Multiple sclerosis (MS) is a condition that causes damage to the substance that covers nerve cells. This interrupts normal communication between nerves, leading to problems with movement, speech, and other functions. We don’t know what causes MS but we think it is an autoimmune disease.
What is an autoimmune disease?
Autoimmune diseases develop when a person’s immune system goes after its own tissues and organs. Autoimmune disease can affect all parts of the body. For example:
- Type 1 diabetes. This is the type that usually affects kids and develops when abnormal antibodies attack certain cells in the pancreas, leaving it unable to produce enough insulin, so the body can’t regulate blood sugar properly
- Rheumatoid arthritis. Multiple joints and other organs become inflamed; the cause is unknown, but the presence of autoantibodies (antibodies directed against proteins in healthy tissues) and other abnormal immune function suggest it is an autoimmune disorder.
- Pernicious anemia. In this condition, anemia develops when the immune system produces antibodies that prevent absorption of vitamin B12 from food.
And these are just a few. Autoimmune conditions are especially scary because the immune system goes rogue for no apparent reason. These are favorite conditions of medical television and movies, such as House, Grey’s Anatomy, and The Big Sick.
What triggers autoimmune diseases?
The most common explanation is that an affected person’s immune system, partly due to the genes they inherited, is primed to react abnormally to some trigger, such as an infection, an environmental exposure (like cigarette smoke), or some other factor. For most autoimmune diseases, we can’t easily figure out what triggers them. If we could, we might be able to prevent them.
Are there known triggers for MS?
Experts suspect a number of potential triggers or risk factors for MS. For example, some believe that it’s due to a chronic infection (although it’s unclear exactly which infection). Others believe that it’s primarily a genetic neurological disease. These theories challenge the idea that MS is truly an autoimmune disease.
Some studies suggest that head injuries might be a risk factor for MS. If true, it raises important questions about how MS develops and how it might be prevented. On the other hand, it’s not an easy thing to study because researchers would never intentionally cause head injuries to see if they cause MS. Another way to study this question is to enroll people who already have MS, look back at whether they had concussions, and then compare them with similar people who don’t have MS.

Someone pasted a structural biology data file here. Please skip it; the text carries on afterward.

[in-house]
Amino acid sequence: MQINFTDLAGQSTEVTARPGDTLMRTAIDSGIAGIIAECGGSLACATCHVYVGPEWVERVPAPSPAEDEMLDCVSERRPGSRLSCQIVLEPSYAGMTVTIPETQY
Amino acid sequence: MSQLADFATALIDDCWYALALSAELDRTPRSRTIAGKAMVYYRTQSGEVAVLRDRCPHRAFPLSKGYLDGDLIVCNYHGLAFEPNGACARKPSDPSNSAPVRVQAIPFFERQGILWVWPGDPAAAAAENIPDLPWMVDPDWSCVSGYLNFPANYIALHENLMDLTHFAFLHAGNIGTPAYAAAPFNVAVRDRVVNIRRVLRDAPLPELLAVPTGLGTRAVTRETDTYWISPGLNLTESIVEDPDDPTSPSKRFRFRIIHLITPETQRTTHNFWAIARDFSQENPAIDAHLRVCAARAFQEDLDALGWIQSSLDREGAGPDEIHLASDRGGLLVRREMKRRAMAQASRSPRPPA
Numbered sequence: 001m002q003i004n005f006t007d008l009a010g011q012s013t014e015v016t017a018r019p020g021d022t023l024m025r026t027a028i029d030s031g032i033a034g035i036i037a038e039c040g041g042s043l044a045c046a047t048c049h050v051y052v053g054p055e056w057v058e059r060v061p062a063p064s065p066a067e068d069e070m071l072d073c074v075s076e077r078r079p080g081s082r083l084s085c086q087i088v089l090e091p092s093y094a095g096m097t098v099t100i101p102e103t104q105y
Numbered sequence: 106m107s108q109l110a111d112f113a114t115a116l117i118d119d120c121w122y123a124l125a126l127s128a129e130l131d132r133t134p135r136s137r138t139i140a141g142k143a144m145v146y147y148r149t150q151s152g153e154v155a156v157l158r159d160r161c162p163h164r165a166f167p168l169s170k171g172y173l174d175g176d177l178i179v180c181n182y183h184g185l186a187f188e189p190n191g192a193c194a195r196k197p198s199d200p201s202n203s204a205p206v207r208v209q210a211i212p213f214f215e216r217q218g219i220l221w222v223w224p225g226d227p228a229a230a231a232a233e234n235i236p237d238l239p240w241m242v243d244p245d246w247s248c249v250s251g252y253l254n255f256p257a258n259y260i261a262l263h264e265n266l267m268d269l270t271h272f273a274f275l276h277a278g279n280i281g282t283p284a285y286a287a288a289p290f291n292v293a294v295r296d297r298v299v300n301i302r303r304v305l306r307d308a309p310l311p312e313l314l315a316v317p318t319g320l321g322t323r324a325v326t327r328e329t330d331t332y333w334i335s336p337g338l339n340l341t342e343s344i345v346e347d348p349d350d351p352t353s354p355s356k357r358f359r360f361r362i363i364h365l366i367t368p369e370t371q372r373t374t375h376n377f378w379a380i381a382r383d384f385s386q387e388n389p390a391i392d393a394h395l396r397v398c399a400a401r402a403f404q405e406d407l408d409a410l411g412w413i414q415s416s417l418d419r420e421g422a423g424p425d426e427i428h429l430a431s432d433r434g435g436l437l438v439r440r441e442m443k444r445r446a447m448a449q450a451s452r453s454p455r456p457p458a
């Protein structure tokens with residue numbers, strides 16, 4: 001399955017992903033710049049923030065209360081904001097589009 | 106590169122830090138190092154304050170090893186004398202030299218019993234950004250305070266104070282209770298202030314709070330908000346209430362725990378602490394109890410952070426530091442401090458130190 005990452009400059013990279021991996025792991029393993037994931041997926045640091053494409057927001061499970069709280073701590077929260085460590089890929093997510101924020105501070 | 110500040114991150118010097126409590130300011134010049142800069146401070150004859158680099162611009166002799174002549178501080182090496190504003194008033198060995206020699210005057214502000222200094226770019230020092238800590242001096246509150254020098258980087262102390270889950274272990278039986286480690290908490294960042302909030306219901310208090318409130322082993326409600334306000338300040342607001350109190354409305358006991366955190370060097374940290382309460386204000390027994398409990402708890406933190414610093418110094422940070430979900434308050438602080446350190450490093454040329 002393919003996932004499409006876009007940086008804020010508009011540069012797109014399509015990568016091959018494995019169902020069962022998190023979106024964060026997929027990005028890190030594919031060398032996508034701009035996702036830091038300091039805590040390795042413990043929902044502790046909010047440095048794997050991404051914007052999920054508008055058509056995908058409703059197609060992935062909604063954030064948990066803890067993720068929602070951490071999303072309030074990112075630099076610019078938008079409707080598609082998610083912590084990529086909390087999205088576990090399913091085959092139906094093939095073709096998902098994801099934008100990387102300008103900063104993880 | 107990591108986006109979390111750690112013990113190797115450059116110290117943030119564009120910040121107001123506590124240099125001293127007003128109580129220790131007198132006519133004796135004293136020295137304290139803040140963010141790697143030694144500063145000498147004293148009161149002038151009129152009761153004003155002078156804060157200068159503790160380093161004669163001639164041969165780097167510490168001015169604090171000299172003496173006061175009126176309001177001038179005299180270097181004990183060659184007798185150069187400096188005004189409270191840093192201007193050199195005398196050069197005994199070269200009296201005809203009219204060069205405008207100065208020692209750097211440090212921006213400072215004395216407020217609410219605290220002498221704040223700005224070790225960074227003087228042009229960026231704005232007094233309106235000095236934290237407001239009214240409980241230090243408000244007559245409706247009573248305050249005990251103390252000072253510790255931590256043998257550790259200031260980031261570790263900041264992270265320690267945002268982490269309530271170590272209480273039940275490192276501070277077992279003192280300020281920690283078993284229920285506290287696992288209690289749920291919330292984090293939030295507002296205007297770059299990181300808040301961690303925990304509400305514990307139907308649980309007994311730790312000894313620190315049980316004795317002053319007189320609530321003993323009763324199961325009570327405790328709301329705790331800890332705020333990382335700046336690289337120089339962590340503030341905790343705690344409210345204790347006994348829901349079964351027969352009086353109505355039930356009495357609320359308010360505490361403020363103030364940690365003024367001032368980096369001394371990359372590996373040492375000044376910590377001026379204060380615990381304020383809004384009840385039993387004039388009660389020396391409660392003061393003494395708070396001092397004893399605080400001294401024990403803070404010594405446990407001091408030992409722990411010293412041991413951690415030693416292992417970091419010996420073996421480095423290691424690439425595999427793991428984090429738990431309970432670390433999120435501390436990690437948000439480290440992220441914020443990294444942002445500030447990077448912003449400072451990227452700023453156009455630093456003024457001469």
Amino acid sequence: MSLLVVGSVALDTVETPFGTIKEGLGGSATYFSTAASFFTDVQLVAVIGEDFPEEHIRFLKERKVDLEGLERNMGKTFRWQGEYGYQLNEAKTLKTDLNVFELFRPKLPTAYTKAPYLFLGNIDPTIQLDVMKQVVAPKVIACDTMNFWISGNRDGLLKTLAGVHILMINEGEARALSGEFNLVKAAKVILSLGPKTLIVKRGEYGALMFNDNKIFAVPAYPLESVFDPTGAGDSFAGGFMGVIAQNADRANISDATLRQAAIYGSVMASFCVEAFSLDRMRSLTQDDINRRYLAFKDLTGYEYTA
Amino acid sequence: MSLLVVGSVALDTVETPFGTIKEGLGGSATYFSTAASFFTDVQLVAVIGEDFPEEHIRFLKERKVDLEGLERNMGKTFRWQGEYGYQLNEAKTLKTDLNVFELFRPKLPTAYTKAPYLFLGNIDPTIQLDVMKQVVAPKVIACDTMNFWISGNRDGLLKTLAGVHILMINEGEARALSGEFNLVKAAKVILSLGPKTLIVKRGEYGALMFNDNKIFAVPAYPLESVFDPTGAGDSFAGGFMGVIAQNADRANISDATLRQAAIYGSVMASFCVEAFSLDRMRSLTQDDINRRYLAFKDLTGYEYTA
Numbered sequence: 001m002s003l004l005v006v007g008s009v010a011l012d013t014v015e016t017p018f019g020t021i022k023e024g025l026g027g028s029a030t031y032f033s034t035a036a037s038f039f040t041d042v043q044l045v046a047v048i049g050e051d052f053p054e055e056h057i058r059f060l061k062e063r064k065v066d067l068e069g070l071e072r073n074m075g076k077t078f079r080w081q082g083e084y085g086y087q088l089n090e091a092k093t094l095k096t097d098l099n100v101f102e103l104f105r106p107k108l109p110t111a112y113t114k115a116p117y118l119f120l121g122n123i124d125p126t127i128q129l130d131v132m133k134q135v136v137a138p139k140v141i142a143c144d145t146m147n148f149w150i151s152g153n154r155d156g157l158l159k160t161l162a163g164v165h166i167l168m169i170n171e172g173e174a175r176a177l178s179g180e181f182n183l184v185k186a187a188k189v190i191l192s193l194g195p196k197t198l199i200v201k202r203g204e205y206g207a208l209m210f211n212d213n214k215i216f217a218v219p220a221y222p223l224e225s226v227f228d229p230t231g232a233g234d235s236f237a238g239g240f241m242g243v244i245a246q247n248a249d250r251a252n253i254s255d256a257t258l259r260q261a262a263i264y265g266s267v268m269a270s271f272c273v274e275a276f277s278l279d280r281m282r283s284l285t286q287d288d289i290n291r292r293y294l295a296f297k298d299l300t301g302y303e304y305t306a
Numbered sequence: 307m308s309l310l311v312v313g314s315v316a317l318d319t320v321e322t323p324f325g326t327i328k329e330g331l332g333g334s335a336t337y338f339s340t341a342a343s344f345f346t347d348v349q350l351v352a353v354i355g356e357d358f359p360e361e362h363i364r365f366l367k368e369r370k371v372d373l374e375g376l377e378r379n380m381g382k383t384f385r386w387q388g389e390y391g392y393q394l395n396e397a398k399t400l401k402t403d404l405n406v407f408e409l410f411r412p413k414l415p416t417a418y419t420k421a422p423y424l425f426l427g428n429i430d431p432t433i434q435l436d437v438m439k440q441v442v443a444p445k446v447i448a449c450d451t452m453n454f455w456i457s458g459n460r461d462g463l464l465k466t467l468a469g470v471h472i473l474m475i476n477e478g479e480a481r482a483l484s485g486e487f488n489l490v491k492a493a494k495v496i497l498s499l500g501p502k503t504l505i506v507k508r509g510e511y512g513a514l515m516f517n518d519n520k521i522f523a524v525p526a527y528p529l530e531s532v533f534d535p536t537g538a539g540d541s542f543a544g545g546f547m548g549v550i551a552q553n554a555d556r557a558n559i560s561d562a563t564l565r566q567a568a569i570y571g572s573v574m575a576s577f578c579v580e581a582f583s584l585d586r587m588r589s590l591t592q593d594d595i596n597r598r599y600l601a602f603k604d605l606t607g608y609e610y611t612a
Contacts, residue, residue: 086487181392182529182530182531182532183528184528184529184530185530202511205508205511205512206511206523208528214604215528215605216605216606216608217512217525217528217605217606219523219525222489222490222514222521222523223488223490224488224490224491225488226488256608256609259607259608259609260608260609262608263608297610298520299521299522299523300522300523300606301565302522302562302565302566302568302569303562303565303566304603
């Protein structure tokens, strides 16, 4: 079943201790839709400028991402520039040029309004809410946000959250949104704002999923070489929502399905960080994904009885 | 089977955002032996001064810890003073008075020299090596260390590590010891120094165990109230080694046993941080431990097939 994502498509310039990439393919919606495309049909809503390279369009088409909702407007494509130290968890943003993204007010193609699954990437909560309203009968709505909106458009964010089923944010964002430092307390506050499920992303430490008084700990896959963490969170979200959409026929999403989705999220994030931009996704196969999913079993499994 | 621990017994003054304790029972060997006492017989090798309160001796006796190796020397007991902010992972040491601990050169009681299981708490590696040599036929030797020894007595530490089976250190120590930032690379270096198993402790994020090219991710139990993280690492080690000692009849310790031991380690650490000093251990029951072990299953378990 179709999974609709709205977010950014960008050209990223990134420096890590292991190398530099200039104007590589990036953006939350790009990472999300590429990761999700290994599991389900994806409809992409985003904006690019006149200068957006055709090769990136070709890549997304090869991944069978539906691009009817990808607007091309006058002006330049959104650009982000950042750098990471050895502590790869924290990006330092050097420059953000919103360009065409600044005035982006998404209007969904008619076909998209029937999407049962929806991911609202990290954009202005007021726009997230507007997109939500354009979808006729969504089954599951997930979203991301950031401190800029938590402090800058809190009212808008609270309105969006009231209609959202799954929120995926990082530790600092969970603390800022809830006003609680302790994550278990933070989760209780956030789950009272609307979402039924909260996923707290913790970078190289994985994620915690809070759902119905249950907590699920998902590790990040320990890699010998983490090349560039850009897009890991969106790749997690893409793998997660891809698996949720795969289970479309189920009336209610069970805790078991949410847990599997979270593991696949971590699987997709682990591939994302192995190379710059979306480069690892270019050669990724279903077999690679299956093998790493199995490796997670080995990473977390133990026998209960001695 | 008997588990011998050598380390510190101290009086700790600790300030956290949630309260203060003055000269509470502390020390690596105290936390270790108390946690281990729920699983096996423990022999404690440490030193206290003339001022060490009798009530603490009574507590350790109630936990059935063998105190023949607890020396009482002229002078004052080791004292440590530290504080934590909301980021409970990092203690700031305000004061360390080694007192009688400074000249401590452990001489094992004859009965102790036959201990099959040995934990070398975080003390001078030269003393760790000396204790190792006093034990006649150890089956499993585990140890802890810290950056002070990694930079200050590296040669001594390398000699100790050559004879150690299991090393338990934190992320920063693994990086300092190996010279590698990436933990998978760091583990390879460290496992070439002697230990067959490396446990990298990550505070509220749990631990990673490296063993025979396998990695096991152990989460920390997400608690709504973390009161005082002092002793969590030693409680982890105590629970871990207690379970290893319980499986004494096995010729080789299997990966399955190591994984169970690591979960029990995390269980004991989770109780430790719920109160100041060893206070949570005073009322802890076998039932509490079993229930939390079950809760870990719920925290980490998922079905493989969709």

A new study published in the September 2017 issue of Annals of Neurology did just that.
New research suggests that head trauma might trigger MS
This research included more than 7,000 people with MS and compared them with more than 70,000 people who were similar in other ways (including age, gender, and where they lived) but who did not have MS. Investigators looked for a history of physician-diagnosed concussion prior to age 20. It was important to determine whether any type of traumatic injury, or a concussion specifically, could be the link. So, researchers also assessed whether the study subjects had ever broken a bone in the upper or lower extremities prior to age 20.
Here’s what they found:
- Those who had suffered a single concussion between the ages of 10 and 20 had a 22% higher rate of MS than those who had never had a concussion.
- The rate of MS was more than doubled for those who had experienced more than one concussion.
- There was no connection between broken bones in the arms or legs and the risk of MS.
A study of this type cannot prove that a potential trigger (head injury) actually caused the condition of interest (MS). We can only say there is a possible link. But we do have data to suggest that there is a link, and likely not a link with other types of injuries. We might later learn that the connection isn’t between concussions and MS at all, but rather some other factor (such as a drug or other treatment) that is more common among those with head injuries.
Still, these findings are hard to ignore and could represent one more reason we should all be concerned about head injuries to the developing brain.
Additional studies are needed, both to replicate these findings and to figure out just how trauma can trigger an autoimmune disease. These studies can also provide clues as to whether trauma might trigger other autoimmune diseases as well. If we gain a better understanding of how autoimmune conditions develop and how to prevent them, these conditions could become a bit less scary.